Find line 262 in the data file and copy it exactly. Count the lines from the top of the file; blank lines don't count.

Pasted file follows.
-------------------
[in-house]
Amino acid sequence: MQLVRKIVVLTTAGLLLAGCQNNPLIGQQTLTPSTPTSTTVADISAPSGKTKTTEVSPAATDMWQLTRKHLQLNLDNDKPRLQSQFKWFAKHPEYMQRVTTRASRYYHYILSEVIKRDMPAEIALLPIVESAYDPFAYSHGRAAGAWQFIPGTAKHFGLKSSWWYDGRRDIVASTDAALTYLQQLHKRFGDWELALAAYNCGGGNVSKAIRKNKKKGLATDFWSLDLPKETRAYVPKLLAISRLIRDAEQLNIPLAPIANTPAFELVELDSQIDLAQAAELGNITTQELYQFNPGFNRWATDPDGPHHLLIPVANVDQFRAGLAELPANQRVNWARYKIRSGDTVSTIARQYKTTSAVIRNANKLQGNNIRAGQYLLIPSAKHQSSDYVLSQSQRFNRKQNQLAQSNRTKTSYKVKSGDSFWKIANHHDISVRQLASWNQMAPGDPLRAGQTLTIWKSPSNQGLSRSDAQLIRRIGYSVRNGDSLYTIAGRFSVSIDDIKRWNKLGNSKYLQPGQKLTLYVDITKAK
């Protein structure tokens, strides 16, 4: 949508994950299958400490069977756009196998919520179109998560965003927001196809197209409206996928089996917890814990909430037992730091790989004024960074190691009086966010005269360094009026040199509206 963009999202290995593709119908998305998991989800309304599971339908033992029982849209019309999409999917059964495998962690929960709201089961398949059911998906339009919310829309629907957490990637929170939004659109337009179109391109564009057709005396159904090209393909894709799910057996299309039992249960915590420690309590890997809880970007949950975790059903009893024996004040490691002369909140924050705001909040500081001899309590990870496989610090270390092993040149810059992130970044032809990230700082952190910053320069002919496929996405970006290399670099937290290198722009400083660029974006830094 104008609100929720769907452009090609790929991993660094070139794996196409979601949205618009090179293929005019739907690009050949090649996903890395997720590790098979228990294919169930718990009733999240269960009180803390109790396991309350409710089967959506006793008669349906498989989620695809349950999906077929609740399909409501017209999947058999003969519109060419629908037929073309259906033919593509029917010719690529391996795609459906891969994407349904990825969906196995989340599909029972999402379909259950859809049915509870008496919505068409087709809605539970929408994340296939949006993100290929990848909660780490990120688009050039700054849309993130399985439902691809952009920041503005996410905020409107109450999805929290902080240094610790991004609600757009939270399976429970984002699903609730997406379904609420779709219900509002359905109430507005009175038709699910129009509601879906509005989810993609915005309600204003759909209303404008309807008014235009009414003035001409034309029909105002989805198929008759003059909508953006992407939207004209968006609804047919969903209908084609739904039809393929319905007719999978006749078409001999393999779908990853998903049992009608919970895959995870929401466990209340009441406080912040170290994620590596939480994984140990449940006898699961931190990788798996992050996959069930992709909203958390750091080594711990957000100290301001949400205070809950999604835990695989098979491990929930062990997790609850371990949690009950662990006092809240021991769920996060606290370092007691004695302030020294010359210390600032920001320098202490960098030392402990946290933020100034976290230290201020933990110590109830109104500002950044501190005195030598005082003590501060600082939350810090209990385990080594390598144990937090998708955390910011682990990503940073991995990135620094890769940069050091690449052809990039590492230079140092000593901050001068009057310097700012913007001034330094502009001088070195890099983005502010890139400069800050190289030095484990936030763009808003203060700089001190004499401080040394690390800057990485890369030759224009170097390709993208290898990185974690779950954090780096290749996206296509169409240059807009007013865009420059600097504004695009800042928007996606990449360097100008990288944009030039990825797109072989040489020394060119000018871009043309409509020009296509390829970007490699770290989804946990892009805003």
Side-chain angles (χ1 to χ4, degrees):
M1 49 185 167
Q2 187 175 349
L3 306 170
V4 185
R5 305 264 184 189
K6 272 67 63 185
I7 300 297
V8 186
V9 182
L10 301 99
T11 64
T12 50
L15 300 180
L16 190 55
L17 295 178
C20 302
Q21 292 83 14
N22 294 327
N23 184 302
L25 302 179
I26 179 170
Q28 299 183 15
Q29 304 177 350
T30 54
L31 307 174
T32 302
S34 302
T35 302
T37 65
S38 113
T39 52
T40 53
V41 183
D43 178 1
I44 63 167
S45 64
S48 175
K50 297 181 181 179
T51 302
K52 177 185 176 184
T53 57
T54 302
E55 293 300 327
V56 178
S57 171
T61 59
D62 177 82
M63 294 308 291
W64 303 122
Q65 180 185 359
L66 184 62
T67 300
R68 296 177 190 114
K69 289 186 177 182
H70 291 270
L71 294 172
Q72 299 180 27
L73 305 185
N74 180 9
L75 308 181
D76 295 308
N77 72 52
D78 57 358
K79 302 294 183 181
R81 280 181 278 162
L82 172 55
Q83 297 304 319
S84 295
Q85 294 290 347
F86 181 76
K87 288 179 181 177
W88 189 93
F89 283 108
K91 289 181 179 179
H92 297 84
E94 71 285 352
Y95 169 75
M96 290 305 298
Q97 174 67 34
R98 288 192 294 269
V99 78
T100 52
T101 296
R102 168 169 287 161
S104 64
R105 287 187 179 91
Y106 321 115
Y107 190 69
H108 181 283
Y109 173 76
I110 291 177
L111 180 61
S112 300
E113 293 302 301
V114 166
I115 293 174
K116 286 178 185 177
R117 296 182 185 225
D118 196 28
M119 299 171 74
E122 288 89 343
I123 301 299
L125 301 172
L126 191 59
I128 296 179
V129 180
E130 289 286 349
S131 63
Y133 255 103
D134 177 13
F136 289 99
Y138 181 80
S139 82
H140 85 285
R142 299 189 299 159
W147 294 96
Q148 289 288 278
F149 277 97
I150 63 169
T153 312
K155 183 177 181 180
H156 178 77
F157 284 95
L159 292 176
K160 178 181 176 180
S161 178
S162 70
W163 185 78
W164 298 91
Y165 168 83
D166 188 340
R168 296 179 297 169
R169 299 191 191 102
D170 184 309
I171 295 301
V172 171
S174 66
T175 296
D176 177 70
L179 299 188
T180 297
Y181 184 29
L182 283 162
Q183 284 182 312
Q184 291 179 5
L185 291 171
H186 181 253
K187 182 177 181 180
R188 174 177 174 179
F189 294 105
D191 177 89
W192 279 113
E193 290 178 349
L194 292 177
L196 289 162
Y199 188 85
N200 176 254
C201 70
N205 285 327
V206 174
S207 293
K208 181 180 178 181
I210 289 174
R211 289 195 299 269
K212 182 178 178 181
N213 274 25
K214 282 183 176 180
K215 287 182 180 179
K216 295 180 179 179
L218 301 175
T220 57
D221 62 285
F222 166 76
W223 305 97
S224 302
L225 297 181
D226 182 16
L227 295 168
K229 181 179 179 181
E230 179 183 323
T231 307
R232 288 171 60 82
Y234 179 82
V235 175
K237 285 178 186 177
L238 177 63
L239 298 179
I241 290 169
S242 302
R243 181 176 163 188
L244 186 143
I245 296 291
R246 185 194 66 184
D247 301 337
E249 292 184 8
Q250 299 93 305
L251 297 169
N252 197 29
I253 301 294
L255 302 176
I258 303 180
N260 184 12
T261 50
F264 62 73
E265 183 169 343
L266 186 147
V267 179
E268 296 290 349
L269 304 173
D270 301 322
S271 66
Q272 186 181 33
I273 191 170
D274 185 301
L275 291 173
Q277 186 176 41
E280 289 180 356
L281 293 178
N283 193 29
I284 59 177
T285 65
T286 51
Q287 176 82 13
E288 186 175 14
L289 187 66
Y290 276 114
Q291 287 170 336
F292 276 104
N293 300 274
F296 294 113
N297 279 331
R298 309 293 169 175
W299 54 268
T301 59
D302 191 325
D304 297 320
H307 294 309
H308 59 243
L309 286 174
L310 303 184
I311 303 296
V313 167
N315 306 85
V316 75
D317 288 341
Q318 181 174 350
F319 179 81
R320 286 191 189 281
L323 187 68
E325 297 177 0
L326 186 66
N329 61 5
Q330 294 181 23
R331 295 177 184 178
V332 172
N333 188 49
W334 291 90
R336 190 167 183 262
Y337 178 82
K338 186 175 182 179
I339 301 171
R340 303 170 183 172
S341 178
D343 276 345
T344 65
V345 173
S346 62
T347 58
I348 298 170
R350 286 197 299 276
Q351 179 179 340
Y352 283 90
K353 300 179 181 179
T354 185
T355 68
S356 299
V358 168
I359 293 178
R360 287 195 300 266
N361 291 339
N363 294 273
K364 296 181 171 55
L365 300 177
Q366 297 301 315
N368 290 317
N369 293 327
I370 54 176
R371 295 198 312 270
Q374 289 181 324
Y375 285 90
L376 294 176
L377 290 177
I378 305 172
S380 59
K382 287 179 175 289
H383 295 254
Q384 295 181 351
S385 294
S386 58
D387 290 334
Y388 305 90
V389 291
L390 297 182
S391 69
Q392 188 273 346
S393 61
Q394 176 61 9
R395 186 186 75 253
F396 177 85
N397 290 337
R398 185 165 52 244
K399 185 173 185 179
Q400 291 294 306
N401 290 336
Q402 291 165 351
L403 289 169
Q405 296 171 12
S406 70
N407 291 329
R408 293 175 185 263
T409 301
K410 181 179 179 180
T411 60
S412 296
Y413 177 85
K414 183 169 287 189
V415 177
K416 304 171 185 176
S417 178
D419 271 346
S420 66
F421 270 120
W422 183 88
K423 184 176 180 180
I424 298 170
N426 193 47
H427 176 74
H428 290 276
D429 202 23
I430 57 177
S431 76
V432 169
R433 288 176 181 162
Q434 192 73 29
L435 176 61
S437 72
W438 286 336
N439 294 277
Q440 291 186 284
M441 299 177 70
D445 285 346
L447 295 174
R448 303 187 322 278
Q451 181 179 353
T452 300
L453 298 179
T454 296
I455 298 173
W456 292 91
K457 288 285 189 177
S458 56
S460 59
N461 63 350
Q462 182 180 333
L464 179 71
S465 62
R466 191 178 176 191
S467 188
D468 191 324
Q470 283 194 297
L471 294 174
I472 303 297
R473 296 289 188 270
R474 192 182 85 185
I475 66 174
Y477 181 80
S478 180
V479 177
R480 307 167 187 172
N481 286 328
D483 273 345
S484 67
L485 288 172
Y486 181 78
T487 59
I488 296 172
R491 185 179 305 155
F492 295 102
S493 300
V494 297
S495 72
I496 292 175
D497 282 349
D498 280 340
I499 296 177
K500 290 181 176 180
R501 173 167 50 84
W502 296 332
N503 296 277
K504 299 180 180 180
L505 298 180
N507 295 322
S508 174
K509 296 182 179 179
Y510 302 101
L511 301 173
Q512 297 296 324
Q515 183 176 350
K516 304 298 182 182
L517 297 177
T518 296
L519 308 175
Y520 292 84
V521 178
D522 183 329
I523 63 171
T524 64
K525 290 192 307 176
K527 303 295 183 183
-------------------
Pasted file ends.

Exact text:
R336 190 167 183 262